This week I am on the southern end of Blackfriars Bridge, looking along the river towards the west. This was the view that my father photographed in 1952:
And the view from the same location, 65 years later in 2017:
The buildings on the north bank of the river stand out well in my father’s photo, he had timed the sun perfectly. Shell Mex House, the Savoy, Waterloo Bridge and Somerset House provide a contrast with the south bank of the river.
In 1952, the south bank of the river was still an industrial landscape with warehouses lining the river’s edge and jetties sticking out into the river. All this has long since disappeared and the occasional remains of some of the jetties can be seen above the water, or on the muddy edge of the river at low tide.
Whilst the south bank of the river has changed dramatically, the north bank along this stretch of the river has hardly changed. A closer examination would show there have been cosmetic changes to the buildings, but at this distance the view looks much the same.
Blackfriars Bridge is the second bridge across the river at this location. It was designed by Joseph Cubitt, who was also responsible for the original Blackfriars Rail Bridge, the columns of which can still be seen in the river between the road bridge and the later rail bridge.
It was opened by Queen Victoria in 1869, on the same day as she opened Holborn Viaduct – a perfect illustration of how much development of the city’s infrastructure was taking place in the later half of the 19th century.
The top of the bridge is rather plain. The view to the east is obscured by the Blackfriars Rail Bridge and the new building work along the top of the bridge. To the west is the open view towards Waterloo Bridge along the stretch of the river known as King’s Reach.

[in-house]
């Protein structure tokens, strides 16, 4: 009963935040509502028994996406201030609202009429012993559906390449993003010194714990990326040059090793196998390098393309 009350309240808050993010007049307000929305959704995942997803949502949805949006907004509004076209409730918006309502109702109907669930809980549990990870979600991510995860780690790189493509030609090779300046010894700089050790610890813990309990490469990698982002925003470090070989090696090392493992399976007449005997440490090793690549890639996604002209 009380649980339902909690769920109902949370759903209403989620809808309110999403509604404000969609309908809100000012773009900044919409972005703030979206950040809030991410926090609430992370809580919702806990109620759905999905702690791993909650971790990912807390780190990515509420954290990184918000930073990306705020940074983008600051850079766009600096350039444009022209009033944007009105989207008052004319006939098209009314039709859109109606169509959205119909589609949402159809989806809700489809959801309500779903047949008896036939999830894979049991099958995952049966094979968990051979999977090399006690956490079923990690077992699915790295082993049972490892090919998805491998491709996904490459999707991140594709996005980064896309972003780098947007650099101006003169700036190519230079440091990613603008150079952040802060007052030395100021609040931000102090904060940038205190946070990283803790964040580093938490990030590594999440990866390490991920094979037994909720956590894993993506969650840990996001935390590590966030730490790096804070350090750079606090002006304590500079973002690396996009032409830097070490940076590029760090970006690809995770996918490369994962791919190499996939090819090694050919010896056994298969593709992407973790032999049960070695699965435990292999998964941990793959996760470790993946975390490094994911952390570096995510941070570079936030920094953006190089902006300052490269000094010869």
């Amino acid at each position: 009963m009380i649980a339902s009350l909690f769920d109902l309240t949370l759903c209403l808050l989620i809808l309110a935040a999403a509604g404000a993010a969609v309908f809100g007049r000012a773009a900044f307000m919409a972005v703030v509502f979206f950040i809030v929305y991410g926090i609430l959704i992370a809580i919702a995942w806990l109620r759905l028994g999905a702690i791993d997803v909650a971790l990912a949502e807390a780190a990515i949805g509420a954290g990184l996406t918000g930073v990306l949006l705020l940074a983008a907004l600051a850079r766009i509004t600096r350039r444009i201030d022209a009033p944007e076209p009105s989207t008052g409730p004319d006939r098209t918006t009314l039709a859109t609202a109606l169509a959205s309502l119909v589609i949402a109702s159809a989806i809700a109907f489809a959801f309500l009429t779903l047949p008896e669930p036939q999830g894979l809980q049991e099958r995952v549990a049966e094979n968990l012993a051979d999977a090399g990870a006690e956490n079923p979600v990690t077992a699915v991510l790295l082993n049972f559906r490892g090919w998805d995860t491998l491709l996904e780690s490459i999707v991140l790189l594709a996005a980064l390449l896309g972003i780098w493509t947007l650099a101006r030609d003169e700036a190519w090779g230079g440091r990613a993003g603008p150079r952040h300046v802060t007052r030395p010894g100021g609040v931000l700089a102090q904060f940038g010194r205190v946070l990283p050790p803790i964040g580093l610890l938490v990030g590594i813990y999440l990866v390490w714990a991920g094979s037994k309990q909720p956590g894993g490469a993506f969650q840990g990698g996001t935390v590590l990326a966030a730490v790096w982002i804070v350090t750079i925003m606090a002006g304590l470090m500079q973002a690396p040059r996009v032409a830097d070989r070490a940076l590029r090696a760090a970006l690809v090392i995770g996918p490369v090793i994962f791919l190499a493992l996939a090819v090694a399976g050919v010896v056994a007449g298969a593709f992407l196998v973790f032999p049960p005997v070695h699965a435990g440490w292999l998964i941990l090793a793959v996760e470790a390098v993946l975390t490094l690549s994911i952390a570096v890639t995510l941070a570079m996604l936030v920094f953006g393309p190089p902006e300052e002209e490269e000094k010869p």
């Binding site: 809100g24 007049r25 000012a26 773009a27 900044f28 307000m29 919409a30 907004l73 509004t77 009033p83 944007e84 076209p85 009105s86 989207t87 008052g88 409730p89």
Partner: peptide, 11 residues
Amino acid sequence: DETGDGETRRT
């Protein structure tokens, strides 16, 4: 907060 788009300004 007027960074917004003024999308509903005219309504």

It is always interesting to look over the side of a bridge, and if you peer over the edge and look at the tops of the columns supporting Blackfriars Bridge you will find a series of beautifully carved birds. These were by the sculptor J.B. Philip and are carved in Portland Stone.
The birds along the west-facing side of the bridge are apparently fresh water birds and those on the eastern side of the bridge are salt water birds. I have read that the bridge marks the boundary of salt water penetration up the Thames, however I doubt this is correct, or that there is a clear boundary. The Port of London Authority puts the boundary of river water and salt water at Barking, however this will move up or down river dependent on tides and the volumes of fresh water coming from the upper Thames. Theoretically, the river could have a gradually reducing salt content all the way to the tidal limit at Teddington Lock.
Starting from the northern end of the bridge, these are the four sets of birds that look out over the river, upstream towards the west:
And walking back along the eastern side of the bridge, these are the birds looking along the river towards the estuary and the sea (although their view is blocked by the railway bridge):
A plaque at the north-eastern corner of the bridge records that the current Blackfriars Bridge is on the site of the original 1760 bridge which was named after William Pitt the Elder who was Prime Minister during the construction of the bridge from 1760 to 1769. The name did not catch on and the location of the bridge gradually gave the name to Blackfriars Bridge.
The plaque also records that the bridge was widened in 1909. This was done by adding 9 meters on the western edge of the bridge to allow tram lines to be run across the bridge. The following postcard shows a bus running along the western side of the bridge.
The last time I took photos along the bridge was in 2014 and the building at the north-east corner of the bridge was empty and boarded up. I was rather worried about the wonderful fountain in front of this building after seeing building work and construction hoarding hiding the fountain from the pavement. The fountain was provided by the Metropolitan Free Drinking Fountain Association and erected by the Association in July 1861 by the Chairman Samuel Gurney MP.
The hoarding is now coming down with wire fencing remaining and it is good to see the fountain still looking good after 156 years.
I have always been fascinated by the River Thames. Despite being the reason for London being where it is, and for the success of the City, today the river is often seen either as a flood risk or as a valuable scenic addition to the luxury apartments that continue to line the river.
Blackfriars Bridge is a means to cross the river, however the birds along the edges of the bridge acknowledge the river and the differences between the upstream and downstream sections of the river, pointing inland or down to the sea. The birds show that the river is not just a barrier to be crossed, but a living part of the city’s landscape.